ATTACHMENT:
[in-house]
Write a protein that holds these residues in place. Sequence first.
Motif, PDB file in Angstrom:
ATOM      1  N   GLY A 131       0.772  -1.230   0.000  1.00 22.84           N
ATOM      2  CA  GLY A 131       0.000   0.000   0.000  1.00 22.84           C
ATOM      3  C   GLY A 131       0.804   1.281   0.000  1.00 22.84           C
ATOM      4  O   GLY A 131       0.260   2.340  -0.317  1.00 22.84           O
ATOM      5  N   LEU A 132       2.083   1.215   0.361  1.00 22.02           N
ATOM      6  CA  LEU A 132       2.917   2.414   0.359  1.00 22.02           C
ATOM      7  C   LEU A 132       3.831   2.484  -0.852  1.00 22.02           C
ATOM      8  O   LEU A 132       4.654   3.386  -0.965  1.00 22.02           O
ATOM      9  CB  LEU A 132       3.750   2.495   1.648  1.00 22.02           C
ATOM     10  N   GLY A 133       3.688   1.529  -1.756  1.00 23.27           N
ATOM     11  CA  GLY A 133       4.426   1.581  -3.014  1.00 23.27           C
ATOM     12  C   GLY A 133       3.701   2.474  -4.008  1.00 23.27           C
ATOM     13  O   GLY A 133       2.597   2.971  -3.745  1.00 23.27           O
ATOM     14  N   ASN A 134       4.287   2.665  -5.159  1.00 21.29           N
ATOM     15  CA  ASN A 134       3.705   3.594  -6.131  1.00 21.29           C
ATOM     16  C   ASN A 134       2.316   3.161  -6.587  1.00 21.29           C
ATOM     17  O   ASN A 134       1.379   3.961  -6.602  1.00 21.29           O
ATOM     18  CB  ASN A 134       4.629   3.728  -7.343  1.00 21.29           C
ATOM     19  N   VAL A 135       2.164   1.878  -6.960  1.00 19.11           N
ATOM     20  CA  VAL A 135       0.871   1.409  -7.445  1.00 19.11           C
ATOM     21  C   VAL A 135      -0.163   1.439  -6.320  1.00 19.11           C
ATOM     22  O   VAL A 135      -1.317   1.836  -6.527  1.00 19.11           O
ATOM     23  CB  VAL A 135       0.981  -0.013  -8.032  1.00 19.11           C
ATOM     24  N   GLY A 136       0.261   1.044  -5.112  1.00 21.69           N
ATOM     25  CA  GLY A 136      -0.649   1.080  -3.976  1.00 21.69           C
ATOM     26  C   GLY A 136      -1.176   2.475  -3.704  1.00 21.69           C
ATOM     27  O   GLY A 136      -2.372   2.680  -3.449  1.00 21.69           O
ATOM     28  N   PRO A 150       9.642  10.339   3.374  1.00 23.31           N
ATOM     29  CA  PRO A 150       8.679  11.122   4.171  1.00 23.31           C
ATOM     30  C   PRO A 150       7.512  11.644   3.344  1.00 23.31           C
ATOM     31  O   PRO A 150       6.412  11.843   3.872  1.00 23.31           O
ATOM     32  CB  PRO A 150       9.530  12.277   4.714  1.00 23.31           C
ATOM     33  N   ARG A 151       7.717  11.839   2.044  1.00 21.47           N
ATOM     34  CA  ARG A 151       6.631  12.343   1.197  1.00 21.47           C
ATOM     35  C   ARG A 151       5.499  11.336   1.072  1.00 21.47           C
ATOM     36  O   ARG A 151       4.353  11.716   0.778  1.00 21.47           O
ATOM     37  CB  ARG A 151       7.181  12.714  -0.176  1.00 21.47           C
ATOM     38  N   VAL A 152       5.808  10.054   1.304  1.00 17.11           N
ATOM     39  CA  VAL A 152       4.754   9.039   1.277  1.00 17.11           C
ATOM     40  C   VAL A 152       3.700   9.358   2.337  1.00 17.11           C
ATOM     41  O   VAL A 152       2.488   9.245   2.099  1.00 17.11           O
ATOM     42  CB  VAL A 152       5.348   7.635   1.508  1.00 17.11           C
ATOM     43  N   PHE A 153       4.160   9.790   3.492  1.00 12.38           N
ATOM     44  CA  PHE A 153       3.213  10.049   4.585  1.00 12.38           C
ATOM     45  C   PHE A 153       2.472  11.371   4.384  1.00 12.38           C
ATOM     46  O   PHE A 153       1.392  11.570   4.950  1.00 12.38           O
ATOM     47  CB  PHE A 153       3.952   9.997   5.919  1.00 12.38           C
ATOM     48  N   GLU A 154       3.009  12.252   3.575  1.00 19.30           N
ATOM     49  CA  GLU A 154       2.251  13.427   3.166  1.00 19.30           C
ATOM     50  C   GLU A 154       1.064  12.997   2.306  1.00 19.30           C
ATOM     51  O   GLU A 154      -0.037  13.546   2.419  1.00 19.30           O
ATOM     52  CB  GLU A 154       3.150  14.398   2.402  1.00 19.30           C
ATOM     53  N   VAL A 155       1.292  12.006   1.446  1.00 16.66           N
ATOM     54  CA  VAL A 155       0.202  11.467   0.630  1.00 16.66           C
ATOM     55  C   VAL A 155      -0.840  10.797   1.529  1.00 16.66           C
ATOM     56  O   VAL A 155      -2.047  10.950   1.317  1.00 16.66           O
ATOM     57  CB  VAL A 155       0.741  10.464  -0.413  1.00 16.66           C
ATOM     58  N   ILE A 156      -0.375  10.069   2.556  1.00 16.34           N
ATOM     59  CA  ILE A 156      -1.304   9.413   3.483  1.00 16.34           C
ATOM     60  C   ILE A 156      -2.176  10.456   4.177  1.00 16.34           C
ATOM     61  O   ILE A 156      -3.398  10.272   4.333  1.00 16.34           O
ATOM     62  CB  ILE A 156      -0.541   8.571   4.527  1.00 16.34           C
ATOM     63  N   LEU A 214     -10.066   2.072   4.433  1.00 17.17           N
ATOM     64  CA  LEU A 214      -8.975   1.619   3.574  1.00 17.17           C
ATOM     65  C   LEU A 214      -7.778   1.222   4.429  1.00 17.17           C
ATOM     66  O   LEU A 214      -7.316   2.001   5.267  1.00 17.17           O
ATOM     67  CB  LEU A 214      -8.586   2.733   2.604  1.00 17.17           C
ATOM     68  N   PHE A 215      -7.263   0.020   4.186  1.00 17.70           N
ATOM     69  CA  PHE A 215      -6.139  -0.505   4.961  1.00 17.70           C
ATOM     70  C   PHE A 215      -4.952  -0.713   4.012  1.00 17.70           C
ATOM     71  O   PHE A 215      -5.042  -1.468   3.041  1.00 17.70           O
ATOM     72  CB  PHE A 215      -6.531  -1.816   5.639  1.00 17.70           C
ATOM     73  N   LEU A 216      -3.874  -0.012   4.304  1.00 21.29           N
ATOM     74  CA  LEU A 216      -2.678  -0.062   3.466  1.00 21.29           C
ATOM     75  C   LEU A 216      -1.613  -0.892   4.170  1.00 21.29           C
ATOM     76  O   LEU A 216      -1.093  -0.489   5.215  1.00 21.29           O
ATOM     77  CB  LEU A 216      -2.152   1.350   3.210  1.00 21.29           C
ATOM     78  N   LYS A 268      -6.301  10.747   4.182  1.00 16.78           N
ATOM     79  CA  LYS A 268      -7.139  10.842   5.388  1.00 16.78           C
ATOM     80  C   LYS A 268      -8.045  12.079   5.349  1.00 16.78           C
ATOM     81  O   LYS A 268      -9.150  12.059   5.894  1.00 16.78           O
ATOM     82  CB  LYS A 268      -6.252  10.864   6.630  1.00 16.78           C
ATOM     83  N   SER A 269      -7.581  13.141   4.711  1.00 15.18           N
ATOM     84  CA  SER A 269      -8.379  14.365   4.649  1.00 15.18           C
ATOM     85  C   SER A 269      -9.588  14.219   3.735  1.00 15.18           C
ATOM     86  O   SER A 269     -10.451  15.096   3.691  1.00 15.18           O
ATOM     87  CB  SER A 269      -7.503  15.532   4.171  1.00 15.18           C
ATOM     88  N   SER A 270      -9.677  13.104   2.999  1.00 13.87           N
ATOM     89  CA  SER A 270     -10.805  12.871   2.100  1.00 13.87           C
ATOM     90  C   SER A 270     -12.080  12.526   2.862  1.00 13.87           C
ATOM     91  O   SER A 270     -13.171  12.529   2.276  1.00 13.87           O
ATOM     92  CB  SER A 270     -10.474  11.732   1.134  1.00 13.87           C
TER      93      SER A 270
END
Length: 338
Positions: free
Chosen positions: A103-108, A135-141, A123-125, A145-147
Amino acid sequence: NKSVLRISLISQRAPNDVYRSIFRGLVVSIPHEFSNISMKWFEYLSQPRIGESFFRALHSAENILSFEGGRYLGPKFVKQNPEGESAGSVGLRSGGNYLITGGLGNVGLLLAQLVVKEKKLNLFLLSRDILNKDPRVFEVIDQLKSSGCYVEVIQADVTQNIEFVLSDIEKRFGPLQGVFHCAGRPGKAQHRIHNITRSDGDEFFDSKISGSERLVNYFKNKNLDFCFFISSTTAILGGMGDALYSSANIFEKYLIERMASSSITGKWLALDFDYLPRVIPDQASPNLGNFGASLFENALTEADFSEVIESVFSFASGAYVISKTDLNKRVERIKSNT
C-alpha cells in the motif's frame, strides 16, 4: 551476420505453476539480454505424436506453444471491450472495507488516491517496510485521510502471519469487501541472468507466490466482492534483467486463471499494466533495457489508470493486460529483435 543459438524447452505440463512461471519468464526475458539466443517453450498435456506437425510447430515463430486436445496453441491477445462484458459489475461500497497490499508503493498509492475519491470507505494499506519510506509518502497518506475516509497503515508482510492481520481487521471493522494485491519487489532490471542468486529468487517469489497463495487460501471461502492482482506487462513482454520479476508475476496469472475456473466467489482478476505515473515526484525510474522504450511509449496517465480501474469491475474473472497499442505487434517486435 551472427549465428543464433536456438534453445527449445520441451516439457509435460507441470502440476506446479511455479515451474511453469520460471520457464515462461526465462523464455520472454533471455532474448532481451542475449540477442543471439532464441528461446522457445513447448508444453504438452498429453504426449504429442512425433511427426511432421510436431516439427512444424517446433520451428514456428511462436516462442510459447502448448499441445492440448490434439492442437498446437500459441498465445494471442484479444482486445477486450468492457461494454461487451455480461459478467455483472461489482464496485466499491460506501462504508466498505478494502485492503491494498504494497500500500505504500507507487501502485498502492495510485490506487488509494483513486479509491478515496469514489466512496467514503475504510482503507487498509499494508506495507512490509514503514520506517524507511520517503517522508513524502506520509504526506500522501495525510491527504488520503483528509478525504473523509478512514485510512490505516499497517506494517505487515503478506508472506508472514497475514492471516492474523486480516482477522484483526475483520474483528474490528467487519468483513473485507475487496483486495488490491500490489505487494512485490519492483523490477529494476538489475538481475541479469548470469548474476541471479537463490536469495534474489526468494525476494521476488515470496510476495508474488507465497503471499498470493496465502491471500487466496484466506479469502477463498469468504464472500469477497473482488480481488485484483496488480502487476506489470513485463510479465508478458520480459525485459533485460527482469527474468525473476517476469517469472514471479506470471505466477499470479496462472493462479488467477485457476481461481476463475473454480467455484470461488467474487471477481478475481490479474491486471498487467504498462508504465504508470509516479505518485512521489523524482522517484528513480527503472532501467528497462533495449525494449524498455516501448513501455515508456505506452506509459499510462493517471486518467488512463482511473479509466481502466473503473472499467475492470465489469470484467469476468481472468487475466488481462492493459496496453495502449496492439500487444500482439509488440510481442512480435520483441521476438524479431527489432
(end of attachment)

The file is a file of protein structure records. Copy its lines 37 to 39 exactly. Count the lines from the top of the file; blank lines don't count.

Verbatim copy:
ATOM     34  CA  ARG A 151       6.631  12.343   1.197  1.00 21.47           C
ATOM     35  C   ARG A 151       5.499  11.336   1.072  1.00 21.47           C
ATOM     36  O   ARG A 151       4.353  11.716   0.778  1.00 21.47           O